Road Trip! Destination: Chautauqua County, N.Y.
Depending on your perspective, the potential of more than 200 inches of snow annually might be interpreted as a promise or a threat. For those with a glass-half-full mentality, Chautauqua County in Western New York might be the ticket to happiness this winter.
Granted, not everyone is of the belief that traipsing through a “carpet of white” is the idea of fun, but no need to despair. Apart from the likelihood of a winter wonderland, Chautauqua boasts a slew of activities that will appeal to everyone of all climactic persuasions. From the tasting rooms within the wineries of Lake Erie Wine Country, craft drafts at the Southern Tier Brewing Co., a blast from the past via the Fenton History Center in Jamestown, or sleigh rides through the grounds of the Chautauqua Institution, it's unlikely that even the biggest Scrooge would find any joy in hibernating.
Kate Benz is a staff writer for Trib Total Media and can be reached at firstname.lastname@example.org or 412-380-8515.
Southern Tier Brewing Co.
Born in 2002 from a dream of reviving the practice of small-batch brewing, Southern Tier in Lakewood, N.Y., is now cranking out more than 90,000 barrels of beer annually that can be found in 30 states across the nation. Pilsners, mild ales, India pale ales and a bumper crop of seasonal beers including a 2Xmas double spiced ale are yours for the pouring — whether at home or at the Empty Pint Pub. Tours are available on Saturdays, ending with beer samples in the tasting room overlooking the new brewhouse, but don't wait until the last minute to snag a ticket: it's first-come, first-serve for the 45-minute tours, which often sell out by mid afternoon. If you find yourself left out in the cold, though, a six pack, case, 22 oz. bottle, variety pack, growler or even a keg should suffice as a noteworthy consolation prize.
Details: www.stbcbeer.com; 716-763-5479
Nationwide Insurance Currier & Ives Sleigh Rally
If the thought of sleigh bells ringing gets you giddy, the annual Nationwide Insurance Currier & Ives Sleigh Rally in Chautauqua on Jan. 19 is a must. “This is actually a very fun, relaxed kind of horse show. We're not too formal,” organizer Missy Whittington says. Open to anyone, all you need to participate is a horse, mule or donkey and a vehicle; drivers need not be a member of any particular organization. Classes for participants begin early Sunday morning and last a few hours before the games officially begin with runs through the historic grounds of the Chautauqua Institution. Spectators, on the other hand, need nothing more than an interest in channeling their inner Charles Dickens to reunite with a ghost of Christmas past. “It is just wonderful to see the horses, carriages and sleighs or sleds,” Whittington says. If you can't make it out on the 19th, no worries — rides are available to spectators on Saturdays and Sundays throughout January and February between the hours of 1 and 3 p.m.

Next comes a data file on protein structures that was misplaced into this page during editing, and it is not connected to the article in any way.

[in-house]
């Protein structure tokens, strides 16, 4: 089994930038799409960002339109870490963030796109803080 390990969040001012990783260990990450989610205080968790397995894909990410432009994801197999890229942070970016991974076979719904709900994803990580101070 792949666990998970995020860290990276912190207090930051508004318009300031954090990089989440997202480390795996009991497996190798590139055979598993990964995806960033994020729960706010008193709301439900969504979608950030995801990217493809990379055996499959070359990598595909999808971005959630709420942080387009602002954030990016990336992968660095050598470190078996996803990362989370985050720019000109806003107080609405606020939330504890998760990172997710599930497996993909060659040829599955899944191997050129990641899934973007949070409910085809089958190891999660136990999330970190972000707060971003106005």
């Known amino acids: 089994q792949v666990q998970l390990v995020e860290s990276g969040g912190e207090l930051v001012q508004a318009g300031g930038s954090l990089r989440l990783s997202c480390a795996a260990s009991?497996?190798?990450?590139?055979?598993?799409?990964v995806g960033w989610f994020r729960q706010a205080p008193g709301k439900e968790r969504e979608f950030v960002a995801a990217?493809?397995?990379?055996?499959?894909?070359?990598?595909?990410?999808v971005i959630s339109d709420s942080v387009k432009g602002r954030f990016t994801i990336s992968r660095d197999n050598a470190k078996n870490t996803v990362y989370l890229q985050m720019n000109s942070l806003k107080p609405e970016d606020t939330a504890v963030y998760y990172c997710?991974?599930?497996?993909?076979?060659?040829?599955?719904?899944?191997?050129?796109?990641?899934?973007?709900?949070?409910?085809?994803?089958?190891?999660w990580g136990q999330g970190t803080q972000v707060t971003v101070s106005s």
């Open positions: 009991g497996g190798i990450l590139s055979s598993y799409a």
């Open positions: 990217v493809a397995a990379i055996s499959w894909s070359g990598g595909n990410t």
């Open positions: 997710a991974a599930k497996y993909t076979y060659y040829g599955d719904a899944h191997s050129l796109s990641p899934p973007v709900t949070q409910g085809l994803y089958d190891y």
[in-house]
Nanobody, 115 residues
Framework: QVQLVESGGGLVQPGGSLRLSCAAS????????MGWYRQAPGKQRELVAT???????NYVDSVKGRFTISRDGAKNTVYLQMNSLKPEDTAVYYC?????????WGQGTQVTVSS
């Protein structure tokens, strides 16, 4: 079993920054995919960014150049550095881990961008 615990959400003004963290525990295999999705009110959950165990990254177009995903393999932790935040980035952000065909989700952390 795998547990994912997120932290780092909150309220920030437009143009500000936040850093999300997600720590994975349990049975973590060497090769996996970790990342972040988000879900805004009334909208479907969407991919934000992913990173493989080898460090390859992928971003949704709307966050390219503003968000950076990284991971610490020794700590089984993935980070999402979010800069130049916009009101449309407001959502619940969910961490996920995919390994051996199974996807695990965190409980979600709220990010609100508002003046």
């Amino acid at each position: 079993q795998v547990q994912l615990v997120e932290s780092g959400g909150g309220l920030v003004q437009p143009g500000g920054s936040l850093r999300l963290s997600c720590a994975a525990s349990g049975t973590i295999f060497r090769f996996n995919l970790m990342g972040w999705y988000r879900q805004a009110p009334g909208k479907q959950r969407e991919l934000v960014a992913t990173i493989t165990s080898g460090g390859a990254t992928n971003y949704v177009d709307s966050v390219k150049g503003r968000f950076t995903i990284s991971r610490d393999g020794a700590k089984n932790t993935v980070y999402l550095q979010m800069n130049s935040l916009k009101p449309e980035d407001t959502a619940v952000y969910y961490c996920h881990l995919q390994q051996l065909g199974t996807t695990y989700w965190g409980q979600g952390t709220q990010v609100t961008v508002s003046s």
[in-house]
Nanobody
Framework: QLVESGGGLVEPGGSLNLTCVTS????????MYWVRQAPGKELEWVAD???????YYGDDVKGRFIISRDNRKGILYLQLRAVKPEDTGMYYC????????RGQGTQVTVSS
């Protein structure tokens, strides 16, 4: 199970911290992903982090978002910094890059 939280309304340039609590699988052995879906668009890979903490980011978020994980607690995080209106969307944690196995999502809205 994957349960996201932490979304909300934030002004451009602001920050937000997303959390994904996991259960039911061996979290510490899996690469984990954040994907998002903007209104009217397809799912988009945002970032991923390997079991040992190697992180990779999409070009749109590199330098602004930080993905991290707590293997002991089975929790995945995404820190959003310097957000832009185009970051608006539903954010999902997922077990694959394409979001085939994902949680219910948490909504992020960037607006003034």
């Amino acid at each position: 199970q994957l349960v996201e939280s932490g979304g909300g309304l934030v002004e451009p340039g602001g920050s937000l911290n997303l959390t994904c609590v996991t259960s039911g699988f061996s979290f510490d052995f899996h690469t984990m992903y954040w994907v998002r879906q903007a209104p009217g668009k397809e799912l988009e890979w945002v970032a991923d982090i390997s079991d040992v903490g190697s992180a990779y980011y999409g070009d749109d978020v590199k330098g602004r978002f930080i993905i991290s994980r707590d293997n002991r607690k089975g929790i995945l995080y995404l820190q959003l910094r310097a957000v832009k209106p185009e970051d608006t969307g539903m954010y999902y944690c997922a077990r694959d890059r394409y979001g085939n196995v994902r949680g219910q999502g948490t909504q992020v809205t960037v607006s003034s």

Details: www.facebook.com/NationwideInsuranceCurrierIvesSleighRally; 716-357-6250
Fenton History Center
“Kids from 1 to 92” have until Jan. 18 to indulge their Christmas spirit during the Fenton History Center's “Signs of the Season” holiday exhibit in Jamestown, N.Y. “The exhibit is open six days a week, Monday through Saturday, and it fills the entire house from basement to tower … 29 rooms full of stuff,” director Joni Blackman says. Those looking to enrich their minds will love the history lessons intertwined throughout the exhibit. One wall is dedicated to different Santa Clauses of the world, and Kwanzaa and Hanukkah traditions are explored. But the attention-getter, Blackman says, is the upside-down Christmas tree, which fits in with the mansion's 1863 roots. “It was a big Victorian thing, especially in Britain,” she adds. Legend has it that the trend began with Queen Victoria, in an attempt to either fill the empty spaces left behind from chandeliers being cleaned, or to keep the children a safe distance from the tree. Either way, it's a conversation starter. “It's a big draw,” Blackman says.